Currently, overall installed solar power capacity in Africa is currently around 5.1 GW, which can expand to 30 GW by 2030, according to BSW's Solarize Africa study that analysed 10 African nations.
- BSW-Solar and Becquerel Institute study on Solarize Africa says African continent carries solar potential worth 30 GW to be achieved by 2030
- The study assumes a scenario when natural competitiveness of solar PV technology driven by declining costs will make it shine in the energy landscape of the continent
- Adequate grid infrastructure and access to financing are important factors to be considered for such a scenario
- Solar mini-grids and solar home systems offer an affordable way to provide access to clean power in remote areas in nations with low electrification rate
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(01. April 2019)
The cumulative installed solar PV capacity of the entire African continent currently is around 5 GW, with 1 GW added during 2018. But the region carries potential to grow up to 30 GW by the end of 2030, according to a study by the German Solar Association (BSW-Solar) and the Becquerel Institute.
The Solarize Africa study supported by and launched during Intersolar Europe, carries analysis for African markets including Algeria, Angola, Egypt, Ethiopia, Ghana, Morocco, Namibia, Nigeria, South Africa and Tanzania. It analyzes the market under three scenarios, namely policy-driven, business-as-usual, and Solarize Africa.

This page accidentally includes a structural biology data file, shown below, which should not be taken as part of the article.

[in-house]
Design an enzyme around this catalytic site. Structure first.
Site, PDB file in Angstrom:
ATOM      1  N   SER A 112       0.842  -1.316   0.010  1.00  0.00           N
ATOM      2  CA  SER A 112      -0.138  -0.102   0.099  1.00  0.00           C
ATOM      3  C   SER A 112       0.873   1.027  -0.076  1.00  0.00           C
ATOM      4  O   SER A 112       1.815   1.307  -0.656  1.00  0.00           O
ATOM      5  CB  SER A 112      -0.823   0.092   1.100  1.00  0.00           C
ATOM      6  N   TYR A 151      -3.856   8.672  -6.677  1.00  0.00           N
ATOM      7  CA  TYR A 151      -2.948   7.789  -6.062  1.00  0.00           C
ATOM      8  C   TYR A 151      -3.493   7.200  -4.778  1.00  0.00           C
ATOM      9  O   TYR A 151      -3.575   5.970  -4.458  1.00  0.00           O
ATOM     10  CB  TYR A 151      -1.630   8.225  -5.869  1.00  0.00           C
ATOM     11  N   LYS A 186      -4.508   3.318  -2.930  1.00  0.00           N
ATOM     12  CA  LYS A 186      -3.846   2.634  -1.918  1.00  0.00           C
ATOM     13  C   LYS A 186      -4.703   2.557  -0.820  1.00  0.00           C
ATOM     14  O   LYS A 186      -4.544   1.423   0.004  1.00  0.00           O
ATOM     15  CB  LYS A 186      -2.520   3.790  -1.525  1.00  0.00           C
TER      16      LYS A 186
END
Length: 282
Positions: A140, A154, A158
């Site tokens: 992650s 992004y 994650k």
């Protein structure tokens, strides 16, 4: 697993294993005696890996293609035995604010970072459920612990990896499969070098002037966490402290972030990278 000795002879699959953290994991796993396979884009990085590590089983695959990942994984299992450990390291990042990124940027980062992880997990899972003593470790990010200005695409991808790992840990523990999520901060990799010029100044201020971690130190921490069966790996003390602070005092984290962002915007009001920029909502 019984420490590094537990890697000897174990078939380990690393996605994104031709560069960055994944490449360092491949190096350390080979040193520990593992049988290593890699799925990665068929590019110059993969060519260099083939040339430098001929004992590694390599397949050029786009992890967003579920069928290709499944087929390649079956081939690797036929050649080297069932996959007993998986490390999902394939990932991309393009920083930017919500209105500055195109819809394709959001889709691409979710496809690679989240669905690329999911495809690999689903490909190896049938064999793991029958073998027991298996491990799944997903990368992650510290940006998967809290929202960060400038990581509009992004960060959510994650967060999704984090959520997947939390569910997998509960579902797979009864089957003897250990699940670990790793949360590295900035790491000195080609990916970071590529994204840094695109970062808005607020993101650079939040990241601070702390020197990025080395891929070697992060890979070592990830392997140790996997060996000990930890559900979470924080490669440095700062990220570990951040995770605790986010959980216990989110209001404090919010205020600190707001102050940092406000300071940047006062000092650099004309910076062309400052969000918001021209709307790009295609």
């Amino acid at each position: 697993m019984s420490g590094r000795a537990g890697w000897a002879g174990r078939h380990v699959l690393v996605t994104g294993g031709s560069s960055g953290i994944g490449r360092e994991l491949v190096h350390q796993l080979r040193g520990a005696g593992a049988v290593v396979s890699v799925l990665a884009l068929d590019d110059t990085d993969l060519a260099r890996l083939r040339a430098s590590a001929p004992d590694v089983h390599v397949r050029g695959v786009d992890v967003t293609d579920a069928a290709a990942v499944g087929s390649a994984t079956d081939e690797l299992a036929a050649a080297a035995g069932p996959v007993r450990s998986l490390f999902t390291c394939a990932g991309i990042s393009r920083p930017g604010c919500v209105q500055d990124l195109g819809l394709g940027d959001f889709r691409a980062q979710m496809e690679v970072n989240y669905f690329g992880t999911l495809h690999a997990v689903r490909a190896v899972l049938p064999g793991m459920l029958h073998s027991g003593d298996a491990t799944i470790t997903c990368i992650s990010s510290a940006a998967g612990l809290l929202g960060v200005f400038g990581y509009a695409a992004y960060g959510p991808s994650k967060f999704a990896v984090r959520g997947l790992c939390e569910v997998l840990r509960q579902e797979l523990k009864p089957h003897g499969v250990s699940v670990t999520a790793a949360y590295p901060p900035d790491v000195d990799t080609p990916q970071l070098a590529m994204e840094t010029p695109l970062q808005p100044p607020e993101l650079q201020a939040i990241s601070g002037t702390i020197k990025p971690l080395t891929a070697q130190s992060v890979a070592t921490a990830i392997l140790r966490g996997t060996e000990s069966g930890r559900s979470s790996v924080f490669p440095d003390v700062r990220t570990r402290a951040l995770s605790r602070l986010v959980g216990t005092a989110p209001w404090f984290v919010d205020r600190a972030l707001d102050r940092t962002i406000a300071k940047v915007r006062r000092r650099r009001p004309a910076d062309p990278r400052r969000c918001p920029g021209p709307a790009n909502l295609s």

As the name suggests, policy-driven scenario is based on official roadmaps and announcements, while business-as-usual scenario envisages market development driven by existing or lack of policies. Solarize Africa scenario assumes same kind of PV growth for Africa as the rest of the world with costs decline for PV rendering secondary role to policies. It allows for natural competitiveness of the technology to make its way into the region’s energy landscape.
“At the moment, the capacity of all solar power systems on the entire African continent is at around 5 GW– just over 1% of the total global installed solar power capacity. We estimate we would need about 2,000 TWh solar PV to fully decarbonize the energy consumption on the continent by 2040,” said BSW-Solar Managing Director, David Wedepohl.
To be able to achieve this potential, a whole lot of work needs to be done including having adequate grid infrastructure in place and access to financing. At the same time, several nations with low electrification rate, solar mini-grids and solar home systems offer an affordable way to provide access to clean power in remote areas.
Depending entirely on government subsidy programs and support of international organizations is not the complete solution for nationwide electrification. The study advocates the use of smart business models like pay-as-you-go (PAYG) or leasing solar PV system combined with mobile payment in Africa can be a ‘disruptor and market driver’ with stronger market impact in the near future.
The report is available for free download on Intersolar’s website.